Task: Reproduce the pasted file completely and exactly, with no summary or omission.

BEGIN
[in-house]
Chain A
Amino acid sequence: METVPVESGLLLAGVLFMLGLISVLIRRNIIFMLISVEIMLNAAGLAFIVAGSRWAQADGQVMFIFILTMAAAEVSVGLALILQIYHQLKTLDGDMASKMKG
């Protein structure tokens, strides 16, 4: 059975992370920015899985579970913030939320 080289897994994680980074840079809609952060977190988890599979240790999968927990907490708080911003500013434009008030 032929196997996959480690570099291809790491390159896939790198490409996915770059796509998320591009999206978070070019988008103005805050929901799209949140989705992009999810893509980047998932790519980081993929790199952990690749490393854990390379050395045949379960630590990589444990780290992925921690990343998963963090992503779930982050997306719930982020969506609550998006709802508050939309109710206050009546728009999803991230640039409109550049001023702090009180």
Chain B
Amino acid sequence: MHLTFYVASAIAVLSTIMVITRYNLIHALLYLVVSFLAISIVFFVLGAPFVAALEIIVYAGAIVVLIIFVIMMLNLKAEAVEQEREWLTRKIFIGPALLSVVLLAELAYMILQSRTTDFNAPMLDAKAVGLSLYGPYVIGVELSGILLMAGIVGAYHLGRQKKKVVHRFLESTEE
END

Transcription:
[in-house]
Chain A
Amino acid sequence: METVPVESGLLLAGVLFMLGLISVLIRRNIIFMLISVEIMLNAAGLAFIVAGSRWAQADGQVMFIFILTMAAAEVSVGLALILQIYHQLKTLDGDMASKMKG
């Protein structure tokens, strides 16, 4: 059975992370920015899985579970913030939320 080289897994994680980074840079809609952060977190988890599979240790999968927990907490708080911003500013434009008030 032929196997996959480690570099291809790491390159896939790198490409996915770059796509998320591009999206978070070019988008103005805050929901799209949140989705992009999810893509980047998932790519980081993929790199952990690749490393854990390379050395045949379960630590990589444990780290992925921690990343998963963090992503779930982050997306719930982020969506609550998006709802508050939309109710206050009546728009999803991230640039409109550049001023702090009180």
Chain B
Amino acid sequence: MHLTFYVASAIAVLSTIMVITRYNLIHALLYLVVSFLAISIVFFVLGAPFVAALEIIVYAGAIVVLIIFVIMMLNLKAEAVEQEREWLTRKIFIGPALLSVVLLAELAYMILQSRTTDFNAPMLDAKAVGLSLYGPYVIGVELSGILLMAGIVGAYHLGRQKKKVVHRFLESTEE